There’s an intriguing story in today’s New York Times about Dr. Michelle Bachelet, Chile’s new minister of defense. Her father was an air force general who worked with the Allende government. He died in prison under the Pinochet regime. Appallingly, General Bachelet was tortured, torture that apparently contributed to his death. His daughter too was jailed for a few months and, disgracefully, tortured, “beaten and blindfolded”, herself. To that extent, her new appointment represents a satisfying turn of events, especially as (at least as portrayed by the always suspect New York Times) she appears a rather sympathetic character.
But the past is never straightforward and the Times’ piece contains rather more nuance than might usually be expected from that source. We read that the fact that General Bachelet was required to “work with” (“collaborate” would, I suppose, have been too loaded a word) “Cuban advisers and members of groups advocating armed revolution did nothing to endear him to his fellow officers.” Indeed. Torture, of course, is not exactly unknown in Castro’s Cuba, and we can suppose that any “armed revolution” in Chile would have been far from gentle.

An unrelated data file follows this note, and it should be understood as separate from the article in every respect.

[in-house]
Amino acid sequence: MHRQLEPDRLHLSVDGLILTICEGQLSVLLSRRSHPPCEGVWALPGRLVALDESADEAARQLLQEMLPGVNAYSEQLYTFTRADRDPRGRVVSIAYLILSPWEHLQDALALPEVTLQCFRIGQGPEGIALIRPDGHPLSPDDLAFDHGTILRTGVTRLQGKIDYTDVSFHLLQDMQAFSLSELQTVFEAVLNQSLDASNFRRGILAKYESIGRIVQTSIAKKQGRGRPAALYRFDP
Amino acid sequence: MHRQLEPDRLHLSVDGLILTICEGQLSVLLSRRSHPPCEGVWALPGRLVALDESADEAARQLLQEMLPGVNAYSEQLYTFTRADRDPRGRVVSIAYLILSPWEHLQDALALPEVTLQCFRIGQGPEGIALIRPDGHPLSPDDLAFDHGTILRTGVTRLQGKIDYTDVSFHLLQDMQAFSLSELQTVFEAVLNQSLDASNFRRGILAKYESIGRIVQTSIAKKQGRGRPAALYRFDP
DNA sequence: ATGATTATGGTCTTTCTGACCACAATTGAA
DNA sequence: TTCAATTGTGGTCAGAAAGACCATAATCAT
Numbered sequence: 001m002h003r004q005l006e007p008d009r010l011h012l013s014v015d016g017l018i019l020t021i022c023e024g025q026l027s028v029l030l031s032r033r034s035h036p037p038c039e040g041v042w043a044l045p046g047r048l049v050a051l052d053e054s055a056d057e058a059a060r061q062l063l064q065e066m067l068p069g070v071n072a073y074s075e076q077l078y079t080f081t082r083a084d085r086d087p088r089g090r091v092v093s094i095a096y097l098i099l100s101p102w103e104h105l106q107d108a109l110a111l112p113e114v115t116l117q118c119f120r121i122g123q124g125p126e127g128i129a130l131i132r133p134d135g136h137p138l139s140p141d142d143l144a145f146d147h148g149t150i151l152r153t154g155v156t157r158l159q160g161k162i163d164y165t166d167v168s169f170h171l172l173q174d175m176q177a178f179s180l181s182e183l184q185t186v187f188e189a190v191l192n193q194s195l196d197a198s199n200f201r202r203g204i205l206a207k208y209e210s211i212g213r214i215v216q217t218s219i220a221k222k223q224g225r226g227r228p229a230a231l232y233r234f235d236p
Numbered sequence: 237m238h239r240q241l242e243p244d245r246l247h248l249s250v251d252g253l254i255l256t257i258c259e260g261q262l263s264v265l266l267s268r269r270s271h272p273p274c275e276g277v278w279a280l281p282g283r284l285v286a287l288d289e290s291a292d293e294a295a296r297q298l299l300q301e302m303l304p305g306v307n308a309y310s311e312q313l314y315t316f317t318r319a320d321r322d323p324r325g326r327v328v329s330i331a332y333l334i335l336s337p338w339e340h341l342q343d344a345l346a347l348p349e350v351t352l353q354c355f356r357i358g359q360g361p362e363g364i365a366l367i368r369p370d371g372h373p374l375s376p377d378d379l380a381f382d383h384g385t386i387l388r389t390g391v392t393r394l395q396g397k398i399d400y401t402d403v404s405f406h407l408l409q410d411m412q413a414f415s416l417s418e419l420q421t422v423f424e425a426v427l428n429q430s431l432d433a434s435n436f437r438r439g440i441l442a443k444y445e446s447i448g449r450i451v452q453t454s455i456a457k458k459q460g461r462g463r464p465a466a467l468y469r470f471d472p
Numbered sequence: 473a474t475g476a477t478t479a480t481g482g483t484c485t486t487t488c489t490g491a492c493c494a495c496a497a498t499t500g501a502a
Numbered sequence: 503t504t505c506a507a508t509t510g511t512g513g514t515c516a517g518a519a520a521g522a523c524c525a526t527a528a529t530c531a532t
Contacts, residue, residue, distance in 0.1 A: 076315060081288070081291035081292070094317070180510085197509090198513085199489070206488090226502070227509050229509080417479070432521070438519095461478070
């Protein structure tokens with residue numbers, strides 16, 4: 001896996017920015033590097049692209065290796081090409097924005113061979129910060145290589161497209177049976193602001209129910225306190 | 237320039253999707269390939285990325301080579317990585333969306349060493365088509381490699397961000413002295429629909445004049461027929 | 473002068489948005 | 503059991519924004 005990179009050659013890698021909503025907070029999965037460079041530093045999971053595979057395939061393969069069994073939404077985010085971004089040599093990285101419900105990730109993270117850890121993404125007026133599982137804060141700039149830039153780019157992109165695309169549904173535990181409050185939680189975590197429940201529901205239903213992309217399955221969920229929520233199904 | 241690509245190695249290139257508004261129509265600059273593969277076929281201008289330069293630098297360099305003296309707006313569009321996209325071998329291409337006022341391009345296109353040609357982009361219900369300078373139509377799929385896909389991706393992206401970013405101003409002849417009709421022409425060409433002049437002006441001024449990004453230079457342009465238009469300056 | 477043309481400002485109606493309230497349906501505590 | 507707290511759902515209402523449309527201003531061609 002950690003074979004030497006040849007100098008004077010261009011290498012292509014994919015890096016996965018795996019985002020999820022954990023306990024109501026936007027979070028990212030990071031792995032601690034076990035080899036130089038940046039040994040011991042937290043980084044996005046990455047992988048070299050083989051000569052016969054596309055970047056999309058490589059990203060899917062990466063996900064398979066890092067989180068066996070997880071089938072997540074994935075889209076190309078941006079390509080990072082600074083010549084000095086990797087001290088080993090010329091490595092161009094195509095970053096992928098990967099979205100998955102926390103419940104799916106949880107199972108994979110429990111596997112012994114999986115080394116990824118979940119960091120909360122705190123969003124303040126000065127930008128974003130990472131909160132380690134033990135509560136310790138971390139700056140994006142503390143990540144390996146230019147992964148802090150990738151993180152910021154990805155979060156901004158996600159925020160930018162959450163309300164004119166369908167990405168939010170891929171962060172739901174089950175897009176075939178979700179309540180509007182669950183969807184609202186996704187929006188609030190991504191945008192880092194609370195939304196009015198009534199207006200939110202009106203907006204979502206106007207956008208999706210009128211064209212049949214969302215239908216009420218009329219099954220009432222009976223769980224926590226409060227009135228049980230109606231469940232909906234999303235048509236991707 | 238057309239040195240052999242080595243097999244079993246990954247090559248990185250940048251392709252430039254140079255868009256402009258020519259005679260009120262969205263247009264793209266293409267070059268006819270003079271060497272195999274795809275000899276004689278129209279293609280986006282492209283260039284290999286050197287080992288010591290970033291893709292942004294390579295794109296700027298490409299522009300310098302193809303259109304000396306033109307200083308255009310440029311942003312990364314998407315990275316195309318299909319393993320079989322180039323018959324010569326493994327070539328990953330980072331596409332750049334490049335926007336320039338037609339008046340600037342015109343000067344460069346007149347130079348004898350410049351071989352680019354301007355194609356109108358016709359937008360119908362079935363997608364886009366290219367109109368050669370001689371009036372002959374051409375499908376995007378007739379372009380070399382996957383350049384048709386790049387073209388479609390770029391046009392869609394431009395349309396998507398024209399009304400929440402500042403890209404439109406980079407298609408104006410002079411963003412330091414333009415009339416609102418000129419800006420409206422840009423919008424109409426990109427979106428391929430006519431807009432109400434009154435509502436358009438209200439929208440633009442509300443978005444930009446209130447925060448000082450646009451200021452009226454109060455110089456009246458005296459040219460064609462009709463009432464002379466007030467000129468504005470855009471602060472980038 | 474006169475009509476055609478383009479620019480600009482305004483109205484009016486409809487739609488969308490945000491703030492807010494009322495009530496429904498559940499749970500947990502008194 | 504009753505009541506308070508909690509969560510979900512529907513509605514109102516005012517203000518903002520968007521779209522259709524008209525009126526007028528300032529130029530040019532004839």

Eventually, Dr. Bachelet’s mother was expelled and “the two women went into exile, first in Australia and then in East Germany.”
Australia, I can understand, but East Germany? The GDR, a grim, gray suburb of the Gulag, a country of barbed wire, political prisoners, and the Berlin Wall, was a curious choice for people (I would imagine) describing themselves as refugees from oppression.
Bachelet’s story is a reminder of the trickiness of history, that most essential of disciplines. Elsewhere in today’s paper, that point is underlined by a story (on a new museum dedicated to the British empire) concluding with this quote from Cicero:
“Not to have knowledge of what happened before you were born is to be condemned to live forever as a child.”
That’s something to remember the next time you read about dumbed-down history teaching.